Three regions, north to south, Sahara zone, Sahel zone, Sudan zone, equally sized. Northern Chad is Sahara and borders Libya and Tibesti. A little contradictory, because, actually the Tibesti massive is primarily in Chad rather than bordering it.

Now we have a fourth zone of vegetation, the tropical zone of the country, where vegetation is dominantly tropical. A little confusing because the tropics articles on en.Wikipedia shows that Chad is in the tropics. So, where in Chad is this fourth tropical zone of vegetation? And does this mean the tropics have the most and the desert the least vegetation?

I can’t even read the next five sentences. Meaningless strings of words spouting facts and factoids cherry-picked from various sources without any intent to do anything like create prose from the actual facts, avoid the information the editor can’t understand well enough to convey accurately, and string it all together in a logical and readable fashion.

However, I will point out that from the Sahara, the article moves to “, a large area of desert dunes lie between Lake Chad and the Ouaddai massif,” then to the Sahelian grasslands, so it seems the authors of the article think Lake Chad is in either northern or central Chad.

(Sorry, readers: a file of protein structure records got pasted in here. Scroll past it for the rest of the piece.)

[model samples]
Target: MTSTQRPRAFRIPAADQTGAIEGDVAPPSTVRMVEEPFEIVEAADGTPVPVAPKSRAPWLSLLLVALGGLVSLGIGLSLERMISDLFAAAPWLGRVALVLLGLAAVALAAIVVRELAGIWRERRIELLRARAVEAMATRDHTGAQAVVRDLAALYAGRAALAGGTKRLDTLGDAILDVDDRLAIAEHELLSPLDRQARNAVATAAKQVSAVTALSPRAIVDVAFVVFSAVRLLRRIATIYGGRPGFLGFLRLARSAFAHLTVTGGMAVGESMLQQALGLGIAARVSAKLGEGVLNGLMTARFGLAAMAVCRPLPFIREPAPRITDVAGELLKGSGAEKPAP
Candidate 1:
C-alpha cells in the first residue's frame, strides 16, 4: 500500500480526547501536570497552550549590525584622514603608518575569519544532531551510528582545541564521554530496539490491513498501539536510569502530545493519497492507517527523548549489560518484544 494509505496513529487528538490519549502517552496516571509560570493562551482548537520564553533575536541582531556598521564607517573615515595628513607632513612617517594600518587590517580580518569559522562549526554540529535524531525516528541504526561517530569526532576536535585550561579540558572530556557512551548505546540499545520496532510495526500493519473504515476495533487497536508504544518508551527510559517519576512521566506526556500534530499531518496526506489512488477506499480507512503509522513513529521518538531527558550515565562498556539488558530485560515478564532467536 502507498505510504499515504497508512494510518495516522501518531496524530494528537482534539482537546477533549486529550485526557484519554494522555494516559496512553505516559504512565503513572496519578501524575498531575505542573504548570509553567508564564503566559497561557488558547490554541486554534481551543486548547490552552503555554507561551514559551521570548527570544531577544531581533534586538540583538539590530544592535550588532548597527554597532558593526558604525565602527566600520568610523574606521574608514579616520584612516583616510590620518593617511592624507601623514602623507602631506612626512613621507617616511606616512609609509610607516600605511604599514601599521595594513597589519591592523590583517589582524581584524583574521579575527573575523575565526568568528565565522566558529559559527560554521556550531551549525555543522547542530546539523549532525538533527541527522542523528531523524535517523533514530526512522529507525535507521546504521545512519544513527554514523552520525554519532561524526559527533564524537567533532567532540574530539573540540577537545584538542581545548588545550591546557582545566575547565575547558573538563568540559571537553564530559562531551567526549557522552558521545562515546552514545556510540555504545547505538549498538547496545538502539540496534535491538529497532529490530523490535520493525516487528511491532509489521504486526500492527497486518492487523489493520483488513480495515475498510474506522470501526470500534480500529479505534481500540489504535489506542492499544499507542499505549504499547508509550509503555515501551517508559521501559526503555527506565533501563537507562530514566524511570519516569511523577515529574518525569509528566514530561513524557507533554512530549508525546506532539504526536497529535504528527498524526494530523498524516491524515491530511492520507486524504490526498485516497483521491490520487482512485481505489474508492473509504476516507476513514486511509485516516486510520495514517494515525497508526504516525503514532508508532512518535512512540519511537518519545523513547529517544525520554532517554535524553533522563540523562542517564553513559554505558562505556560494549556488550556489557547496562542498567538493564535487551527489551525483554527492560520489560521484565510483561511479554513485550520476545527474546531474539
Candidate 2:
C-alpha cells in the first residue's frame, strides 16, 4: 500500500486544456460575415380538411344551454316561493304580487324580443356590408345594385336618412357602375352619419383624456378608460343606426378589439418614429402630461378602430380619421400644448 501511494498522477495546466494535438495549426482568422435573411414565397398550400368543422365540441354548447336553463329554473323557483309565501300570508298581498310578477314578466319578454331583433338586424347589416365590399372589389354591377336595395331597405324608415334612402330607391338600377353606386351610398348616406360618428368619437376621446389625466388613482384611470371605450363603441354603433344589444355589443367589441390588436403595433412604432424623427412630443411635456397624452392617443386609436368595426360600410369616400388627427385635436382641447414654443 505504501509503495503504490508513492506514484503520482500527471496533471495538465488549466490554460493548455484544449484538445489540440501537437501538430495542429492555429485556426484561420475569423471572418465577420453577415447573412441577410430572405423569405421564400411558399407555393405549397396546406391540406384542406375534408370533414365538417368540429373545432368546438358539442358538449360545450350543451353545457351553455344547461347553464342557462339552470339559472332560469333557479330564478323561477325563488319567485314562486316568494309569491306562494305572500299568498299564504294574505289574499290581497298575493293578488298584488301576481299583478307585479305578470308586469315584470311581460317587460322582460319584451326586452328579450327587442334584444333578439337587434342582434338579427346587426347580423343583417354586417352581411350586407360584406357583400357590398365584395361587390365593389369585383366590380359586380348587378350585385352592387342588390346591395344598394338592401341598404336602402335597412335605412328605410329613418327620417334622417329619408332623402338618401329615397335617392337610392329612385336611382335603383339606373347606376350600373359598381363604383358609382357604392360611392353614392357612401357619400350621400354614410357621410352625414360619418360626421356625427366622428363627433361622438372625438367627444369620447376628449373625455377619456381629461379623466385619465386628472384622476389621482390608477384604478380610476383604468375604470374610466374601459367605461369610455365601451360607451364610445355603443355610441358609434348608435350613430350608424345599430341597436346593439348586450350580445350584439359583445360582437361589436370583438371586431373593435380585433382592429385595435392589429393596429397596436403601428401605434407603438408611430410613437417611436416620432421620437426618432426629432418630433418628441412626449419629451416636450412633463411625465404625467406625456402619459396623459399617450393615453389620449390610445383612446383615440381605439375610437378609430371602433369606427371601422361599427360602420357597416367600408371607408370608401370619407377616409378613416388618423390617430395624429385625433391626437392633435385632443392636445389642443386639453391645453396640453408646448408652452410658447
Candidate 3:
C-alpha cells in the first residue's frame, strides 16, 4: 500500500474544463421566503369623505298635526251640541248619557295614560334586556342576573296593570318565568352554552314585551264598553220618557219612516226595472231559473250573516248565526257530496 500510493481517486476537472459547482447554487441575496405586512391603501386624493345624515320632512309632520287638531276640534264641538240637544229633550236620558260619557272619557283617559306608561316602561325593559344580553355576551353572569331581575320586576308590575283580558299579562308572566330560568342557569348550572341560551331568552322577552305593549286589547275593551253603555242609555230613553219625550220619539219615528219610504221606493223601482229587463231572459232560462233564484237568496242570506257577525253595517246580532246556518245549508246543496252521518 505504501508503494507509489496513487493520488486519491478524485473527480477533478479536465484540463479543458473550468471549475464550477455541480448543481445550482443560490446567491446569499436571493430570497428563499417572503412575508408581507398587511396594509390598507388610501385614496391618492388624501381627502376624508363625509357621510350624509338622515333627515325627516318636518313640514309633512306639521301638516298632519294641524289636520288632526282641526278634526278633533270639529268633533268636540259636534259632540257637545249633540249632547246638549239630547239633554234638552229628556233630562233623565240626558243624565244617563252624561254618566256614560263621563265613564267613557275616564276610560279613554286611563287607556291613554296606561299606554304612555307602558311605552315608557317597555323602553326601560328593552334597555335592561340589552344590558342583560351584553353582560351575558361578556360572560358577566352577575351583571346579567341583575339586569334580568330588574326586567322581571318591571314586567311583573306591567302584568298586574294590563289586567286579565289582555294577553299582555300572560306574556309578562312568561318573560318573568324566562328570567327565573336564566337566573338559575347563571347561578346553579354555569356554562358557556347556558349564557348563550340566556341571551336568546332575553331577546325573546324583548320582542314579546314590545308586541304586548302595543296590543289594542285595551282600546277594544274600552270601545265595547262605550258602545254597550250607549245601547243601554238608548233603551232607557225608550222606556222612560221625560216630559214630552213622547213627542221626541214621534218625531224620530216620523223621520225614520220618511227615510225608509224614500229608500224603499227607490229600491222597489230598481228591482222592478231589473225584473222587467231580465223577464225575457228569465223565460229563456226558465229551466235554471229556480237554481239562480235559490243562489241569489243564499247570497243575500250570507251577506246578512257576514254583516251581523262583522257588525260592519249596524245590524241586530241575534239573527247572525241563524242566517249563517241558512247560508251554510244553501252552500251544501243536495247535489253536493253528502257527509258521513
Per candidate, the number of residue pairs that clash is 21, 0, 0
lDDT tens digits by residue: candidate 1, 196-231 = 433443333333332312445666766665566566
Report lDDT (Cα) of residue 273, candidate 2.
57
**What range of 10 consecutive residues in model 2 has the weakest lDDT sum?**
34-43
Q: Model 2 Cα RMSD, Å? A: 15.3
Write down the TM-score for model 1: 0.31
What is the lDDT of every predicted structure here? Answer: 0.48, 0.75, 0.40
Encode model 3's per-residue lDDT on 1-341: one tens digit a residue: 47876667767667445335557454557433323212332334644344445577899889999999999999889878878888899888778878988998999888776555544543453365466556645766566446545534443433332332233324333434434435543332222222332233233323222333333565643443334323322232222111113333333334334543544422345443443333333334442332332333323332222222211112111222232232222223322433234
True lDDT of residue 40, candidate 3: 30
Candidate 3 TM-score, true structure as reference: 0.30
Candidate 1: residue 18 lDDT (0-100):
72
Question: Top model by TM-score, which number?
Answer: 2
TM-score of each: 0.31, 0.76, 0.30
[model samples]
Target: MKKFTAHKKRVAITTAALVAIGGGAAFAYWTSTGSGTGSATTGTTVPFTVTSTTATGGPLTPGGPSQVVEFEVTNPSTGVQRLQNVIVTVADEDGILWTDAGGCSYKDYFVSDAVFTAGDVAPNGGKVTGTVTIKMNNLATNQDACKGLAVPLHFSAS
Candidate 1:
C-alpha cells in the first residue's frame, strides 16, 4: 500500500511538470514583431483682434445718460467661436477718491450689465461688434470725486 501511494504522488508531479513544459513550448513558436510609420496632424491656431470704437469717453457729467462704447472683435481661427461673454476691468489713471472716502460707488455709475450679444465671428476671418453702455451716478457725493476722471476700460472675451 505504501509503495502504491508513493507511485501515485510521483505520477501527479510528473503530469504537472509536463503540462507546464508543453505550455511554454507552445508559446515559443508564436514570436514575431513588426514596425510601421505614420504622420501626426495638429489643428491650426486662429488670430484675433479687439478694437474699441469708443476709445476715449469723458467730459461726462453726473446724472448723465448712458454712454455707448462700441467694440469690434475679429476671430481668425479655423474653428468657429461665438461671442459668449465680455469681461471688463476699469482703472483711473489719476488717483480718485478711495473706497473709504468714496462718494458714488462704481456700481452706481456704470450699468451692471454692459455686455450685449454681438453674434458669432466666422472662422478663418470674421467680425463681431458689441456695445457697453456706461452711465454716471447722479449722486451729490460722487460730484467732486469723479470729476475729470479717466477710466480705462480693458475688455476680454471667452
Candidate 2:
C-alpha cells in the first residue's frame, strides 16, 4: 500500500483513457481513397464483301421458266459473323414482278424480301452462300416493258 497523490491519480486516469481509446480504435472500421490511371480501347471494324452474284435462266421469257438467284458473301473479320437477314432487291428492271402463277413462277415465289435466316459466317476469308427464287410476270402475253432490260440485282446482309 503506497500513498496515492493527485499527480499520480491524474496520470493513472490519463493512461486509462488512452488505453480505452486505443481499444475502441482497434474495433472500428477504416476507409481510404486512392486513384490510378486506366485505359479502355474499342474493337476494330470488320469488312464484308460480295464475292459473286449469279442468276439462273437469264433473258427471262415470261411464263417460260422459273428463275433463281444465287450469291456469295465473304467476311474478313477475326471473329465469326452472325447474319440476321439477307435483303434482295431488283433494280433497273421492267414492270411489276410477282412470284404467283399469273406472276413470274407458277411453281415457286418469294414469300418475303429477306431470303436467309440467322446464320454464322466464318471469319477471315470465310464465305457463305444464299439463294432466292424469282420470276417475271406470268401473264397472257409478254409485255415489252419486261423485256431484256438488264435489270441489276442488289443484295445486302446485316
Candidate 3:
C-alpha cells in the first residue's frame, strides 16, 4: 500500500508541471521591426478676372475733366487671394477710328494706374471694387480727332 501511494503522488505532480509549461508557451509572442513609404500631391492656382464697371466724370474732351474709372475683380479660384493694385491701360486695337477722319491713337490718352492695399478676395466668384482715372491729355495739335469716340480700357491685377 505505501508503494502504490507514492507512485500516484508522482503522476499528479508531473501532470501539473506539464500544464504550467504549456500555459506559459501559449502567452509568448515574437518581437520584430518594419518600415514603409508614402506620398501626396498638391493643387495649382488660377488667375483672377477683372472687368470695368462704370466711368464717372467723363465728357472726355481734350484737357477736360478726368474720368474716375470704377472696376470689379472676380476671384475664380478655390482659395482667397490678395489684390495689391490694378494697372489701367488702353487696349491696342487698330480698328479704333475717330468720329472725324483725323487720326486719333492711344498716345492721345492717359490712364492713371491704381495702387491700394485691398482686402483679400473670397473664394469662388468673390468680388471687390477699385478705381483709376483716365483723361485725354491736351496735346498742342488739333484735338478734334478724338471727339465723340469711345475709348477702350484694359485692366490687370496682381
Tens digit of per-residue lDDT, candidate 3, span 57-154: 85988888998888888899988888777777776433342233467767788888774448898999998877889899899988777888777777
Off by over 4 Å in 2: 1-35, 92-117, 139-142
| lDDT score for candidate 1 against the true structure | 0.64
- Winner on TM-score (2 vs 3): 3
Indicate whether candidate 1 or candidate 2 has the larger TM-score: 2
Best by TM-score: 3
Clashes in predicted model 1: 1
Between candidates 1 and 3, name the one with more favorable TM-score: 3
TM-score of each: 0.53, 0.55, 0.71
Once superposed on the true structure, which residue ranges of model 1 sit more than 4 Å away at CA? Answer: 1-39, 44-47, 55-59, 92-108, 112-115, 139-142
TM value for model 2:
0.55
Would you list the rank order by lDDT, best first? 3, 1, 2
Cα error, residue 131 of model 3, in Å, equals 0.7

The keep moving south (or north, south, north, central, south).

“The transition zone that lies between the southern Sahel and northern Sudan–Guinea is also a seasonal wetland.[1]”

What does the source say?

“Much of the area between Lake Chad and the Ouaddai massif is, except for parts of the centre-west where there are large expanses of dunes fringed by xerophytic scrubland, a vast, relatively featureless plain (300–400 m) supporting Sahelian grasslands. Much of this area is drained by the seasonal Batha river which originates from streams running westwards from the Ouaddai massif and which ultimately empties into the temporary wetlands around Lake Fitri (12°50’N 17°30’E). Indeed, an area of 10 million ha in the transition zone between the southern Sahel and northern Sudan–Guinea is subject to regular seasonal inundation.”

No, the entire ecotone between the Sahel and the northern Sudanic zone is not a seasonal wetland. Only some area of 10 million ha in the transition zone is.

Also, you don’t define Sudan-Guinea; is this a fifth climatic zone? Saharan, Sahel, Sudanic, tropical, Sudan-Guinea. I know what it is; do the en.Wikipedia editors of this article know?

“Lake Chad in the southwestern corner of Chad, bordering Niger and Nigeria, is one of the richest areas of flora in Chad, although it is a lake which has rapidly reduced in size of the last 100 years.”

If Lake Chad is in the southwestern corner of Chad, can you actually place it there on the map sitting right next to this sentence? And will you eliminate that other country, also?

“The well-drained soils of the area once supported areas of dense woodlands with ebony and kapok trees, but this has declined due to soil erosion and degradation.[3]”